Modern Problems Require Old-Fashioned Solutions

Public School Exit is an organization that aims to equip families to leave public schools, for homeschooling or other options not operated by the government. The organization is offering a webinar to teach anyone to create a “one-room school” environment, whether as part of a pod or as an individual family. You can register for this event here.

In some communities, businesses are filling a need by seizing the pods opportunity, allowing parents to drop kids off for the day in a safe environment. Gyms, churches, community centers, non-profit organizations, and martial arts studios are among the businesses offering space for students to be supervised and assisted during school hours and entertained afterwards.

Many college students will return to school later or remain online for the semester, and they’re finding a market for jobs tutoring or supervising children in younger grades.

Advice For Parents

For parents in their own homes with their own children, the most popular ideas and advice include:

Stay positive. In the midst of frequent changes, altered plans, and missed milestones, it’s important to keep a positive outlook. To paraphrase an old adage, parents’ attitudes are contagious; is yours worth catching?

Be flexible is corollary advice to the aforementioned positive attitude and necessary for the same reasons.

Set aside a dedicated space for each child and limit distractions. Even if your space is small, designate a spot for each child to work, preferably separate from usual play areas. Keep distractions to a minimum by eliminating extra noise and not allowing devices besides the one used for learning.

Younger children may need to be at the kitchen table or other common area so parents can easily monitor them, but children who are older and/or more self-motivated may work better at a desk in their bedroom. Parents should be available when needed, but not hover.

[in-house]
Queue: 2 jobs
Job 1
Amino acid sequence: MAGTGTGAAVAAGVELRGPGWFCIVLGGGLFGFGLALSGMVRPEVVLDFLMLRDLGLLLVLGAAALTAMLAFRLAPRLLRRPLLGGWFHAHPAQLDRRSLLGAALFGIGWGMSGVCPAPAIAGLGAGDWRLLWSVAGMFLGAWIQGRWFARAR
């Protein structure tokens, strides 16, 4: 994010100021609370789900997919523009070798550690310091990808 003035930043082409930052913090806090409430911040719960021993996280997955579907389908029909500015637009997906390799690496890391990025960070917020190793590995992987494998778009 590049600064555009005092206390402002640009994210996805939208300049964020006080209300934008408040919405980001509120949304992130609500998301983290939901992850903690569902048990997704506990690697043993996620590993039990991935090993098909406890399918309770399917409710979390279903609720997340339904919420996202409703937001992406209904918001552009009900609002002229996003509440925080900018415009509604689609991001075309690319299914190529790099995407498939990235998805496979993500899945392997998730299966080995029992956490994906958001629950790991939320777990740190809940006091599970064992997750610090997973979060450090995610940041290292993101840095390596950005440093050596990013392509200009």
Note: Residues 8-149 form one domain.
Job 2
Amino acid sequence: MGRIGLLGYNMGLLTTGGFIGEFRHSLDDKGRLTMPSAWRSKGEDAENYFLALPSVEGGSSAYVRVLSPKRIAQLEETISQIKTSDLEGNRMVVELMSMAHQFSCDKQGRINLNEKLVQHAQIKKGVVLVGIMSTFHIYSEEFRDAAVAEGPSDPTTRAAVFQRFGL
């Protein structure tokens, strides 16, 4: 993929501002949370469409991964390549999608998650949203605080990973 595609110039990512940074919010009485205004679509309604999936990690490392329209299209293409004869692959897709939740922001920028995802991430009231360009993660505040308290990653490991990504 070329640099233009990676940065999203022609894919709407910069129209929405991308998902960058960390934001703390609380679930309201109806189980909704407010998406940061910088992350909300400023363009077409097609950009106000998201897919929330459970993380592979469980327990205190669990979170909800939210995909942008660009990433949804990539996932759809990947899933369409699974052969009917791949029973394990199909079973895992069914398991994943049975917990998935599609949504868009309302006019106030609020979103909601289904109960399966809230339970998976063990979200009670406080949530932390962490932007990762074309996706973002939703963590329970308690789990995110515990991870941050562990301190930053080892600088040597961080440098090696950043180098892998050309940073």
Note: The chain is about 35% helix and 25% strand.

Pinterest is full of ideas for functional workspaces if you’re really inspired to go all out.

Create a routine; even if kids are following the schedule set by their school, they still need structure for getting ready for the day, break times, and after school. It’s a good idea to have them get dressed and ready in the morning as if they’re leaving the house; this way, they make the mental transition to school and they’re presentable for any video meetings.

Be sure kids have a chance to get fresh air and exercise, either as a recess break during the day or after they sign off.

Celebrate little victories. Make it through a tough week of remote learning? Ace the first online exam? Display a great attitude each day? Treat everyone to ice cream, a trip to the park, or have a family game night.

Most Important Advice

Most of all, extend grace to everyone involved. Everyone is trying to make the best of the circumstances and doing the best they know how. Everyone will also make mistakes in the process; grace will go a long way.

The new school year will come with more challenges than any year before, but with lots of ingenuity, creativity and a large helping of patience, families can make it a success.

Rebecca Horvath